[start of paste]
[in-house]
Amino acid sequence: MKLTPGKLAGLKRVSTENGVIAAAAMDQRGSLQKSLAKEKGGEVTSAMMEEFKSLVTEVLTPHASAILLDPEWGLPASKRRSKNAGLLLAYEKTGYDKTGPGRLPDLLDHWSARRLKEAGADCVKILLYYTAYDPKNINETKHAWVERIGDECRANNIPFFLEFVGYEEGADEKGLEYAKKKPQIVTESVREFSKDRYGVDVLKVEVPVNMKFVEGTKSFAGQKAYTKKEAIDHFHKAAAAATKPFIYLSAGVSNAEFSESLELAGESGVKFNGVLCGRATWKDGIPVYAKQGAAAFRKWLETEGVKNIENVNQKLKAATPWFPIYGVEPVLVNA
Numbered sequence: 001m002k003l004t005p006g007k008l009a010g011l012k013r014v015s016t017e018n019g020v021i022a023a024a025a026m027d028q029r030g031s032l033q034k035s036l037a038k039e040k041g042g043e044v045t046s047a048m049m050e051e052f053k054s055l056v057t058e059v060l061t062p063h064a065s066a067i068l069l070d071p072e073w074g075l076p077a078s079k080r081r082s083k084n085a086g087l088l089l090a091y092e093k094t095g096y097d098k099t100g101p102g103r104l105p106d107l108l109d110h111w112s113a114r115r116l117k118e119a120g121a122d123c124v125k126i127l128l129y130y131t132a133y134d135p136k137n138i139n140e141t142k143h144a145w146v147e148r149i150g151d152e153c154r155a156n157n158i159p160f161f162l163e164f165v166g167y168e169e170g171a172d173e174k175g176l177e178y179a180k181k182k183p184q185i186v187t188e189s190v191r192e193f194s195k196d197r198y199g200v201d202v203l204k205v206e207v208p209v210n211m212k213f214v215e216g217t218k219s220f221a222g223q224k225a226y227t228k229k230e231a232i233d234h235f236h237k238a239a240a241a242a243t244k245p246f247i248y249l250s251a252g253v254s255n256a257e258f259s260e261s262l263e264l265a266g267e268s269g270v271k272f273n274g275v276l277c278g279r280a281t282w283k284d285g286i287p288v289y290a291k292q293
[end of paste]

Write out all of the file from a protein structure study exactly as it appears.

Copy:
[in-house]
Amino acid sequence: MKLTPGKLAGLKRVSTENGVIAAAAMDQRGSLQKSLAKEKGGEVTSAMMEEFKSLVTEVLTPHASAILLDPEWGLPASKRRSKNAGLLLAYEKTGYDKTGPGRLPDLLDHWSARRLKEAGADCVKILLYYTAYDPKNINETKHAWVERIGDECRANNIPFFLEFVGYEEGADEKGLEYAKKKPQIVTESVREFSKDRYGVDVLKVEVPVNMKFVEGTKSFAGQKAYTKKEAIDHFHKAAAAATKPFIYLSAGVSNAEFSESLELAGESGVKFNGVLCGRATWKDGIPVYAKQGAAAFRKWLETEGVKNIENVNQKLKAATPWFPIYGVEPVLVNA
Numbered sequence: 001m002k003l004t005p006g007k008l009a010g011l012k013r014v015s016t017e018n019g020v021i022a023a024a025a026m027d028q029r030g031s032l033q034k035s036l037a038k039e040k041g042g043e044v045t046s047a048m049m050e051e052f053k054s055l056v057t058e059v060l061t062p063h064a065s066a067i068l069l070d071p072e073w074g075l076p077a078s079k080r081r082s083k084n085a086g087l088l089l090a091y092e093k094t095g096y097d098k099t100g101p102g103r104l105p106d107l108l109d110h111w112s113a114r115r116l117k118e119a120g121a122d123c124v125k126i127l128l129y130y131t132a133y134d135p136k137n138i139n140e141t142k143h144a145w146v147e148r149i150g151d152e153c154r155a156n157n158i159p160f161f162l163e164f165v166g167y168e169e170g171a172d173e174k175g176l177e178y179a180k181k182k183p184q185i186v187t188e189s190v191r192e193f194s195k196d197r198y199g200v201d202v203l204k205v206e207v208p209v210n211m212k213f214v215e216g217t218k219s220f221a222g223q224k225a226y227t228k229k230e231a232i233d234h235f236h237k238a239a240a241a242a243t244k245p246f247i248y249l250s251a252g253v254s255n256a257e258f259s260e261s262l263e264l265a266g267e268s269g270v271k272f273n274g275v276l277c278g279r280a281t282w283k284d285g286i287p288v289y290a291k292q293